Screen Time: Week of December 7, 2020
Screen Time is your curated weekly guide to excellent documentaries and nonfiction programs that you can watch at home.
Premiering December 8 on HBO, 40 Years a Prisoner, from Tommy Oliver, chronicles one of the most controversial shootouts in American history: the 1978 police raid on the radical, back-to-nature group MOVE by the Philadelphia Police Department. Using eyewitness accounts and archival footage of the confrontation, the film illuminates the story of a city grappling with racial tension and police brutality with alarming topicality and modern-day relevance. Mike Africa Jr., the son of two MOVE members imprisoned for the death of a police officer that day, has committed his life to finding out the truth about what really happened and fighting for the release of the parents that he has only ever known through prison walls.
Now available on the Austin Film Society website is Diary of A Harlem Family, a short documentary that the great photojournalist Gordon Parks made in conjunction with his landmark photo essay he created for Life Magazine in 1967, A Harlem Family. The essay and film capture a month that Parks spent with the Fontanelle family documenting their daily struggles as Black American citizens.
Premiering December 11 on Netflix, Giving Voice, from Jim Stern and Fernando Villena, follows the emotional journey of six students as they advance through the high-stakes August Wilson Monologue Competition, which celebrates one of America’s greatest playwrights. Every year, thousands of students from 12 cities across the United States perform excerpts from the Pulitzer Prize winner’s work (Fences, Ma Rainey’s Black Bottom) for a shot to perform on Broadway.
Now streaming on The New York Op-Docs, A Concerto Is a Conversation, from director Ben Proudfoot and director/composer Kris Bowers, spotlights Bowers as he traces the process of breaking into new spaces through generations of sacrifice that came before him, focusing on the story of his grandfather Horace Bowers. As a young man, he left his home in the Jim Crow South, eventually ending up in Los Angeles, where, despite unrelenting discrimination, he and his wife, Alice, made a life as business owners. For Kris Bowers, a rising young composer, he admits, “I’ve been wondering whether or not I’m supposed to be in the spaces that I’m in.”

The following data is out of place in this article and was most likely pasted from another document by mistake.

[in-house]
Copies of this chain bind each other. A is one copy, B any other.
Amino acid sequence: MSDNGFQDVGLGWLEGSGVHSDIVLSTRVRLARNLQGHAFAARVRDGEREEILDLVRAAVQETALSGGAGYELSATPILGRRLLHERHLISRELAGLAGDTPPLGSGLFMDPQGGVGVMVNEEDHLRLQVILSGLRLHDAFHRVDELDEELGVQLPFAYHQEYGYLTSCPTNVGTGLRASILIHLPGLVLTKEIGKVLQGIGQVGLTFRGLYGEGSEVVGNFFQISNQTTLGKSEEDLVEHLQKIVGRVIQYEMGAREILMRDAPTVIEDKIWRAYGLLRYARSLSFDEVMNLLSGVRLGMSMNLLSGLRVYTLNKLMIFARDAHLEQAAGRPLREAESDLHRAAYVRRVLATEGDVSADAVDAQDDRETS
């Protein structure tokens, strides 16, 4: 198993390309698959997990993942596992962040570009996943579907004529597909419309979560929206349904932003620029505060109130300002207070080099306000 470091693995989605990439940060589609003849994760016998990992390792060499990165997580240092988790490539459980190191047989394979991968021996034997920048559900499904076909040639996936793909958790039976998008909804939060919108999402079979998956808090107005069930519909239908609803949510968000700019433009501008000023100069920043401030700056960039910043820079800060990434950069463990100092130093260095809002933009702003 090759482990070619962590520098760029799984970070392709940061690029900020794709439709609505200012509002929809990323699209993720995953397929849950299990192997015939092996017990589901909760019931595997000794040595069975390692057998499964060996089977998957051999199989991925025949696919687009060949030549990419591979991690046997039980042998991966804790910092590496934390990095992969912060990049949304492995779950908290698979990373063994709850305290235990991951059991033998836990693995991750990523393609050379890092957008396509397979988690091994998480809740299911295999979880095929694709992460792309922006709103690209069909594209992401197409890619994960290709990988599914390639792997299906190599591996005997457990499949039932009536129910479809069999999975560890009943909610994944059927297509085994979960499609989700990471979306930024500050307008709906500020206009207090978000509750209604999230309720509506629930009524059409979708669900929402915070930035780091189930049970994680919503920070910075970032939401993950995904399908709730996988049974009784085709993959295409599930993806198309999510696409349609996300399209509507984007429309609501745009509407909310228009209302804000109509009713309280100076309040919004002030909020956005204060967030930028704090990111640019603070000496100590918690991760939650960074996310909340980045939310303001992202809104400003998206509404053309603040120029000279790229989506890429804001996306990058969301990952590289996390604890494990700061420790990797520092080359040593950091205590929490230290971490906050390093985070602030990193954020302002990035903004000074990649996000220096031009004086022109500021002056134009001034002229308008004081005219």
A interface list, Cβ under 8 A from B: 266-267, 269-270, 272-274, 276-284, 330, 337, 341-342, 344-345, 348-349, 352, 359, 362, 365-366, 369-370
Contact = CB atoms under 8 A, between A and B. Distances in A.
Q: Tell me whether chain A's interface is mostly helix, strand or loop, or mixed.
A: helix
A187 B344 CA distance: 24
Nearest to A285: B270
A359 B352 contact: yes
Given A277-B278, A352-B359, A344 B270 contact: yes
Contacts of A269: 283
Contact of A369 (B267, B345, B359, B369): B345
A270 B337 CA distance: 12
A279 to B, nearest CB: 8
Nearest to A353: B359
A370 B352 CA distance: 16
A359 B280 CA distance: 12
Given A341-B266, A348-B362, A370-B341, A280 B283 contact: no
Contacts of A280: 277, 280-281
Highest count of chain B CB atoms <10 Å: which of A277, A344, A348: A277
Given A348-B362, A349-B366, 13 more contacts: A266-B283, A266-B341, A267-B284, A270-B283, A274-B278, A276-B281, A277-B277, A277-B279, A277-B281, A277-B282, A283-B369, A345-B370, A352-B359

Premiering December 10 in virtual theaters through on MTV Documentary Films, Finding Yingying, from Jiayan “Jenny” Shi, tells the story of Yingying Zhang, a 26-year-old Chinese student, who came to the US to study. In her detailed and beautiful diaries, the aspiring young scientist and teacher is full of optimism, hoping to also be married and a mother someday. Within weeks of her arrival, Yingying disappears from the campus. Through exclusive access to Yingying’s family and boyfriend, Finding Yingying closely follows their journey as they search to unravel the mystery of her disappearance and seek justice for their daughter while navigating a strange, foreign country. Finding Yingying screened as part of IDA’s Documentary Screening Series. Catch the Q&A with Shi, producers Diane Quon and Brent Huffman and moderator/journalist Rebecca Sun here.
Opening in virtual and in-person theaters on December 11 through Greenwich Entertainment, Assassins, from Ryan White, investigates the audacious murder of the brother of North Korea’s Supreme Leader Kim Jong-Un in a crowded Malaysian airport at the hands of two young women who unwittingly find themselves in the middle of a global spy thriller.
Cinema Tropical and the Center for Latin American and Caribbean Studies (CLACS) at New York University present a special online program of recent Mexican documentaries, titled MexDocs, taking place December 10-16. Featuring a slate of four documentaries that have recently made their rounds of the international festival circuit, the program offers a nuanced perspective on contemporary Mexico by delving into the different social, political, and cultural issues currently at play in the country, with a particular emphasis on narratives of womanhood and indigenous resistance.